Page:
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Silgan Containers Opens Lehigh County, Pennsylvania, Manufacturing Plant

Sligan Containers, a manufacturer of steel and aluminum containers for human and pet food will expand its operations into the Keystone State by setting up a manufacturing plant in Upper Macungie Township, Lehigh County, Pennsylvania. The company is expanding into a facility that will enable it to meet its growing east coast customer requirement and the training of its employees. The company is investing $15 million into the project, which will include the purchase of equipment. The project will create 29 new jobs over the next three years. “The Silgan Containers development in the Lehigh Valley is an example of the synergy of how manufacturing and product distribution grow together,” said Do

State announces industrial apprenticeship program

Department of Labor and Industry Deputy Secretary for Workforce Development Eileen Cipriani continued the Wolf administration’s ‘Jobs that Pay’ tour today at the Gettysburg Campus of HACC, Central Pennsylvania’s Community College, and announced a new industrial manufacturing technician apprenticeship. “Employers across Pennsylvania need trained and skilled workers and apprenticeships give young people and experienced workers the chance to earn while they learn,” said Gov. Tom Wolf. “Creating new apprenticeship programs not only helps meet the needs of regional employers, but provides job seekers with training that leads to family-sustaining jobs.” After the tour concluded, Cipriani announced

Why Made-in-USA Fashion is Turning Heads

Faster delivery and customization are combining with automation to spur a return of apparel manufacturing to the U.S. From small startups like Massachusetts-based Yogasmoga, known for their high-tech fabrics, to widely recognized brands like No nonsense, Made-in-USA apparel and textile manufacturing is in vogue. But that wasn’t always the case. Apparel was among the first industries to be lost to offshore manufacturing. The trend for the labor-intensive apparel industry began as companies chased cheap labor to low-wage countries forty or more years ago. Today, only about 3% of our consumption is domestically sourced but the domestic industry is starting to recover. This is good news because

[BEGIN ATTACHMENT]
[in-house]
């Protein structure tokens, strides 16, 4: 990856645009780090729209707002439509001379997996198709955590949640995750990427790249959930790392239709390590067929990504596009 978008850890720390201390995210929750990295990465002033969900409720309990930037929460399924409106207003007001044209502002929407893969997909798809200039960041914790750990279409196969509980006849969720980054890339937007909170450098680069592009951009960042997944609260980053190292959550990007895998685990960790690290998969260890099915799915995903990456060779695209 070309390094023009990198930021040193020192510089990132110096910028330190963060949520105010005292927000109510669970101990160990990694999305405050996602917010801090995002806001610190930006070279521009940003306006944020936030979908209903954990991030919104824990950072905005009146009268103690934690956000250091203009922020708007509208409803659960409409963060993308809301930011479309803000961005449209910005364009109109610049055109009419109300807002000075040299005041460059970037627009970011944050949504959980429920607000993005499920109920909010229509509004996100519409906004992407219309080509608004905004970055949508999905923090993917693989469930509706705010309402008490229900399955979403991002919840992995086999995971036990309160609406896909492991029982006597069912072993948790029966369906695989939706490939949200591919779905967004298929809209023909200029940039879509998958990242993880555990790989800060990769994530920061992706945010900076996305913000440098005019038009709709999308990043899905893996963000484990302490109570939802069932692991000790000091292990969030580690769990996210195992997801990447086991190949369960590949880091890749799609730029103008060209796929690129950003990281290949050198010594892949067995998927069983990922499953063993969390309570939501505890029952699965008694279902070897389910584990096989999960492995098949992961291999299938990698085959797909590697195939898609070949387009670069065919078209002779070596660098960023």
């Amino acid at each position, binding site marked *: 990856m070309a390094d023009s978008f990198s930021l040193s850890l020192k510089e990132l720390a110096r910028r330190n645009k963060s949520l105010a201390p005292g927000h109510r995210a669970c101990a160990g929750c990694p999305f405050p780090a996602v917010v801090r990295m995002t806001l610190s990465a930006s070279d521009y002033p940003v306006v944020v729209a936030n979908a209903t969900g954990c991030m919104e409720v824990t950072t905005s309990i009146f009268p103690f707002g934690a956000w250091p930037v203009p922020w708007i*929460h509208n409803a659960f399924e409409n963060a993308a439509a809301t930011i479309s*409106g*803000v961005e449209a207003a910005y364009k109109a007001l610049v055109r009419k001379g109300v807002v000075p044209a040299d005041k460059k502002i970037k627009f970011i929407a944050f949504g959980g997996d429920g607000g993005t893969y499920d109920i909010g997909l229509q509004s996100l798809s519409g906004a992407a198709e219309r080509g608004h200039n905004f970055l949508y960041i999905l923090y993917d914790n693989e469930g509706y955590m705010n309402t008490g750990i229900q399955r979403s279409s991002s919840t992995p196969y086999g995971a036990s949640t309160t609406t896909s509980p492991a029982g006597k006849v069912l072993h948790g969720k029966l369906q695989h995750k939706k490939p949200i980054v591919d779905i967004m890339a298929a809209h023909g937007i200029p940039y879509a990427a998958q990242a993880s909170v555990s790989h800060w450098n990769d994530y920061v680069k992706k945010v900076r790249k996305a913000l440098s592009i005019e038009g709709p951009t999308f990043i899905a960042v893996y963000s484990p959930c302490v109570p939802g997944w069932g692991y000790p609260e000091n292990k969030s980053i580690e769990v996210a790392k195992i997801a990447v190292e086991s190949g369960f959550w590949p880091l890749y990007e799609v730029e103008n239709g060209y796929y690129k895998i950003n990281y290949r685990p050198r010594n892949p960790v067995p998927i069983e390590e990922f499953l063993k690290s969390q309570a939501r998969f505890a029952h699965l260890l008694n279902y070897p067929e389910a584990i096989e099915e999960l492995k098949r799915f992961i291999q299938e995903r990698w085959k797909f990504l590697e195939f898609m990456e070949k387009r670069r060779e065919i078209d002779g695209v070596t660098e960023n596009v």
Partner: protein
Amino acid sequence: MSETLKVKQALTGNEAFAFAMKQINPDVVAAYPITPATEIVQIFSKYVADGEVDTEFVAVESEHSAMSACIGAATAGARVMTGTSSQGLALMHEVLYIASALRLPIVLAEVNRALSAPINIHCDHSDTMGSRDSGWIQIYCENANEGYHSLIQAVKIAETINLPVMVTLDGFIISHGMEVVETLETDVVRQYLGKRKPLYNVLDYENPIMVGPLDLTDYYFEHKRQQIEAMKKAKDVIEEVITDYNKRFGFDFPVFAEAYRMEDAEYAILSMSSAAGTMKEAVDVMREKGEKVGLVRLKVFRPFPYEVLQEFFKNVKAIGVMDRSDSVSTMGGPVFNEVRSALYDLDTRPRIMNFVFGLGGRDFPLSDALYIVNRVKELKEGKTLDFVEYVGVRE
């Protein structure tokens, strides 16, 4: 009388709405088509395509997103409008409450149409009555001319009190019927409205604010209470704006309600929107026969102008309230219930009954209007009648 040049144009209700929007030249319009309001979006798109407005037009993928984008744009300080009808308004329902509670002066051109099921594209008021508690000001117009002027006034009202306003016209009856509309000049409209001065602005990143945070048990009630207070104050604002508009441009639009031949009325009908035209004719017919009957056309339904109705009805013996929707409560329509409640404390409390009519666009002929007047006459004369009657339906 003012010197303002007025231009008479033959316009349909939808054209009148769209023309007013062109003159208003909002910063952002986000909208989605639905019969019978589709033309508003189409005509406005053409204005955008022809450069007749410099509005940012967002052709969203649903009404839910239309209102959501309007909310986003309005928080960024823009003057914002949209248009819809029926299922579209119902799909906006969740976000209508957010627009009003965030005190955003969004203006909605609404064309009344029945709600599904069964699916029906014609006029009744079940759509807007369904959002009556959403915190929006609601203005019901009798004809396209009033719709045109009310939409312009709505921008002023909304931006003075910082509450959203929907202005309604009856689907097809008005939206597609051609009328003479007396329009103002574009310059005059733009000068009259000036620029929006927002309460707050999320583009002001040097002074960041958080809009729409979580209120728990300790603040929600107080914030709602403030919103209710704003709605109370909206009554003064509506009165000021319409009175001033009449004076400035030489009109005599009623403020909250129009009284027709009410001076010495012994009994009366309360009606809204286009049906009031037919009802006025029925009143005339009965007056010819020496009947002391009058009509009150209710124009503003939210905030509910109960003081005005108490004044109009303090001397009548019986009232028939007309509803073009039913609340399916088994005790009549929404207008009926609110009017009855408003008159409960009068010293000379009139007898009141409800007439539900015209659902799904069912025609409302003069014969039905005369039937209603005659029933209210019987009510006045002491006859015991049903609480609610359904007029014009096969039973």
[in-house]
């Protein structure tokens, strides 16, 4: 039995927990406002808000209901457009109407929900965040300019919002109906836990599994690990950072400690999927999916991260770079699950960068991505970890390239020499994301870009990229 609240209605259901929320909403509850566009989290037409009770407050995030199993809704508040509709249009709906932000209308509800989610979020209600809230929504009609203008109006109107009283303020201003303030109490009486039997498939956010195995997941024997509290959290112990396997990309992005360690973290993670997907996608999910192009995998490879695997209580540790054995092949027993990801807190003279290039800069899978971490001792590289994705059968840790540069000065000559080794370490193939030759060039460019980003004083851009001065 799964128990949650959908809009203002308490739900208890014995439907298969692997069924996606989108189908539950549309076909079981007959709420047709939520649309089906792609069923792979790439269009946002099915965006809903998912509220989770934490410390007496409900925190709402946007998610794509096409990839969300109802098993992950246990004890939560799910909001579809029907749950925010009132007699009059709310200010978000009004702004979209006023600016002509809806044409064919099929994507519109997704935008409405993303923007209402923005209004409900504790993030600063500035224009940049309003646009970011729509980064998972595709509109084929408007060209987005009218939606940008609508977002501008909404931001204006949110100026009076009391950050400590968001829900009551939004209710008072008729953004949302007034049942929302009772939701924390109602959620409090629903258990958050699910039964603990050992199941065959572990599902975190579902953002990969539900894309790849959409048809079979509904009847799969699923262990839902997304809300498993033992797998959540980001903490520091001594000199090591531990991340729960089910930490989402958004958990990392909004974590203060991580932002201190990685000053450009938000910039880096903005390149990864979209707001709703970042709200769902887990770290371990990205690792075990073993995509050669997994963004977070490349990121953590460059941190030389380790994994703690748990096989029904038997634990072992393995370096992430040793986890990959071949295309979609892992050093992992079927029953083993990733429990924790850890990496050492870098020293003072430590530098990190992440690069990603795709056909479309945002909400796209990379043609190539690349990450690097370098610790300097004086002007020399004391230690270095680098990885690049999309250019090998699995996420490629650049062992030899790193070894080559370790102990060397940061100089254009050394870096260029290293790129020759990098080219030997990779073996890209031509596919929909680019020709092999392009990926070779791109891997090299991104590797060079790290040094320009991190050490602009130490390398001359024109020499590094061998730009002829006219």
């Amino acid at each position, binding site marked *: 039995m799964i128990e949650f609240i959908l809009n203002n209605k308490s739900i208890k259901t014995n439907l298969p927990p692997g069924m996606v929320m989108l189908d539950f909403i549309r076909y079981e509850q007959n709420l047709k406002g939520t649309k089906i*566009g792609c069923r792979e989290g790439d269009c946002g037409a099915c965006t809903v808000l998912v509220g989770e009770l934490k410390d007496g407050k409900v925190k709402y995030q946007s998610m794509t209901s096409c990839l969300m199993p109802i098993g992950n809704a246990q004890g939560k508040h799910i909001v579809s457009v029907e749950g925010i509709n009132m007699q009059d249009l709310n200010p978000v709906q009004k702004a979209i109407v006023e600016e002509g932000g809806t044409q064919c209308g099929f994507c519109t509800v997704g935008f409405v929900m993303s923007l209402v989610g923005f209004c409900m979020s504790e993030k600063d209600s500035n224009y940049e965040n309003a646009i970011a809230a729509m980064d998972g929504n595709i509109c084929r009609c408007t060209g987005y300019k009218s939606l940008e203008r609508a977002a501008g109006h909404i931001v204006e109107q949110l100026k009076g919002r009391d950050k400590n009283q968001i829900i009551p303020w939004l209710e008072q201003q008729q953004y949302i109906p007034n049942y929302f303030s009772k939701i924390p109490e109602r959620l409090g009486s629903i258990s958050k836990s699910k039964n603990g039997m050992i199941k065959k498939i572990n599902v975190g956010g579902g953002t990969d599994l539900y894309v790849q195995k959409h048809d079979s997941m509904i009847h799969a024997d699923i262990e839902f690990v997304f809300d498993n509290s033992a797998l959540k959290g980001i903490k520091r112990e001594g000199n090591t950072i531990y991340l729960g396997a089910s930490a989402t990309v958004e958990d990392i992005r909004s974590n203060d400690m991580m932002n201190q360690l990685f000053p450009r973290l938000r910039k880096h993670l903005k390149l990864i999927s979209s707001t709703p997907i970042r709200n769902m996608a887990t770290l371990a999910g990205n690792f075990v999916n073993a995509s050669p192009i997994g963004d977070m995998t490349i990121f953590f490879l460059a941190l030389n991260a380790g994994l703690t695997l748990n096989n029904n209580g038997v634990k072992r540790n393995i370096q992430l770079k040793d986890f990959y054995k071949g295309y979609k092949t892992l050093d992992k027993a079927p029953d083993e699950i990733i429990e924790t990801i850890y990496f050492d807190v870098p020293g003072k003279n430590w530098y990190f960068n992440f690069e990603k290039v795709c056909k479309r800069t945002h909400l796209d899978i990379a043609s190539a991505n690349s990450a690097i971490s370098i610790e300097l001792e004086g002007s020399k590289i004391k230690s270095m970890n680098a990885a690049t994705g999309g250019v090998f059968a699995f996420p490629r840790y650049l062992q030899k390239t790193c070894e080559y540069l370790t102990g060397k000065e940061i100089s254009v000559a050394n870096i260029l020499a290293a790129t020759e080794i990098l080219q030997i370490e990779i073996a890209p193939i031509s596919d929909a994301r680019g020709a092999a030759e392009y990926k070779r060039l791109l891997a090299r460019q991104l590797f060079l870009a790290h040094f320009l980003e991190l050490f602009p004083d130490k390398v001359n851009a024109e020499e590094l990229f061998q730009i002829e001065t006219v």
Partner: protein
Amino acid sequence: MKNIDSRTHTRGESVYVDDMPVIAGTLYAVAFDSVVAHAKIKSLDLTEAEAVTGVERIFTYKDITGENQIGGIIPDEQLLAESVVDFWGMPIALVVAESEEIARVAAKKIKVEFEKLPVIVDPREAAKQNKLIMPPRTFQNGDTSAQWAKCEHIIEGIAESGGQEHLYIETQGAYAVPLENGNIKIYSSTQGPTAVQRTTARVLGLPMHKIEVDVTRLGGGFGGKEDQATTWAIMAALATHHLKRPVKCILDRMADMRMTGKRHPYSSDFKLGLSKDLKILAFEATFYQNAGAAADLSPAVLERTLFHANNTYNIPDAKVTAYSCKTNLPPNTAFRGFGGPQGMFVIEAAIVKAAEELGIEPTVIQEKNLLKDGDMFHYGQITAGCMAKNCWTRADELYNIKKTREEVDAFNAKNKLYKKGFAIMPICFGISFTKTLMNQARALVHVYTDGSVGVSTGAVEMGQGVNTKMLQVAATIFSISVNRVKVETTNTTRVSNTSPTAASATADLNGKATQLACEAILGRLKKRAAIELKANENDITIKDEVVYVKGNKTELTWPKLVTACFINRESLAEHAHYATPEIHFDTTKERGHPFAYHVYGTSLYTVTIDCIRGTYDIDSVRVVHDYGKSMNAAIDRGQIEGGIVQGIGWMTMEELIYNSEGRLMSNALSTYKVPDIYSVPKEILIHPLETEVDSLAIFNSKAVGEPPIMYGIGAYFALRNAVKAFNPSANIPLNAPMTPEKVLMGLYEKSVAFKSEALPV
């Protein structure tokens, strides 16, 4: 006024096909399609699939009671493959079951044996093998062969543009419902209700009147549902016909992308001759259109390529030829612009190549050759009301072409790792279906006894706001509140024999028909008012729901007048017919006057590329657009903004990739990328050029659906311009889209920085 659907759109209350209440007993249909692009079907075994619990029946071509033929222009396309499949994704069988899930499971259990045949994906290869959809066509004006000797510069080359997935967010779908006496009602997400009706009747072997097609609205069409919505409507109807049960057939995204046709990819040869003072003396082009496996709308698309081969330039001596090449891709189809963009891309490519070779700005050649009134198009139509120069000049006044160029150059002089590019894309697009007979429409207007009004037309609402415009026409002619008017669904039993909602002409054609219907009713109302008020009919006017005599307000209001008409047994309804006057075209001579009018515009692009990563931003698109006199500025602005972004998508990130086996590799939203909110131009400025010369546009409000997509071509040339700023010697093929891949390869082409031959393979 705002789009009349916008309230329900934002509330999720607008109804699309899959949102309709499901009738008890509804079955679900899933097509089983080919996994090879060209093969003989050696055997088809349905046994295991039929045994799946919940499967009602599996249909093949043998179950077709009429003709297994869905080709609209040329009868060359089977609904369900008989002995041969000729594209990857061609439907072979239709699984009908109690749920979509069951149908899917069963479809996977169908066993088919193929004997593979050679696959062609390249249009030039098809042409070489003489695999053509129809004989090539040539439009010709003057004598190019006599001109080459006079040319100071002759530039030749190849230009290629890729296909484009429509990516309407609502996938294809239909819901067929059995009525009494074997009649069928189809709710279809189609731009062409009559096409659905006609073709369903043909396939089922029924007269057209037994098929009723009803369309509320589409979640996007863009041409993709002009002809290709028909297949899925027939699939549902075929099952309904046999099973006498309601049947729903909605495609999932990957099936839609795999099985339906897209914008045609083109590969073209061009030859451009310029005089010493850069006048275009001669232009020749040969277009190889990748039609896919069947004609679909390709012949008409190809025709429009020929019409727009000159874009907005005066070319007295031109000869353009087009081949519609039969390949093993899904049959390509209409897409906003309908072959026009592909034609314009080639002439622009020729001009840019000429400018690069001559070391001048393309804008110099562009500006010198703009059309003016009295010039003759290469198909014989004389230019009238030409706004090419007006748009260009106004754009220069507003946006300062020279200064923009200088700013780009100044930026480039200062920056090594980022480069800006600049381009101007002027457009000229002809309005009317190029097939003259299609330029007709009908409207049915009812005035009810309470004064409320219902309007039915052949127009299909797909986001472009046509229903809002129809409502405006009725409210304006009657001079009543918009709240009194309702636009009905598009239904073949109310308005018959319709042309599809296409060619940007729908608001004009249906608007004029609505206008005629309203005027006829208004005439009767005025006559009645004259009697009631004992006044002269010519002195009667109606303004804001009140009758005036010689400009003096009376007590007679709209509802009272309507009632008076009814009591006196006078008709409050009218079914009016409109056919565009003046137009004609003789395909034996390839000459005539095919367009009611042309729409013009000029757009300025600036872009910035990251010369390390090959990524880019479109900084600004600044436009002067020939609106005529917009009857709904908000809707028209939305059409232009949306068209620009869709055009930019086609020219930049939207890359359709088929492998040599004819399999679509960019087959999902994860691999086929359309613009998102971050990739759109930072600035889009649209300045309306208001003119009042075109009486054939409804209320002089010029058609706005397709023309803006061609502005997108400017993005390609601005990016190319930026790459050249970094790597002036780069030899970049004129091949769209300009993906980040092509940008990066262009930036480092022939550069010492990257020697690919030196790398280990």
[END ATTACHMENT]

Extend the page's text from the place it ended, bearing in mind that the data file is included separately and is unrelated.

Are manufacturing jobs on educators' minds when advising the next generation of workers?

Ashleigh Royer expected to see several hundred workers packing shoes into boxes when she and about 40 other members of her high school class visited the Clarks Americas distribution center outside Hanover in early October. What the South Western School District senior did not expect to see was robots — robots and gizmos and gadgets of all kinds moving boxes of loafers and boots through a 450,000-square-foot distribution center that Clarks employees say is the largest building in Adams County. Companies in fields like manufacturing and distribution have spent the past decade or so fighting the perception that working with them means signing up for hard manual labor in dirty factories. They al

As boomer owners prepare to sell, a push for workers to buy

Your company's next owner could be sitting in a cubicle down the hall, assembling parts on a factory floor or laboring on a construction site down the street. That, at least, is the hope of a burgeoning movement concerned about what will happen to the thousands of small and midsized businesses owned by baby boomers in Central Pennsylvania. Most, if not all, of those owners will be looking to sell their companies over the next few years. While many will turn to family members, industry peers or even private equity firms, an effort led by a Lancaster-based nonprofit is hoping owners will at least contemplate handing over the reins to employees. "Widespread ownership transitions in our communit

Manufacturing in the U.S. Just Accelerated to Its Best Year Since 2004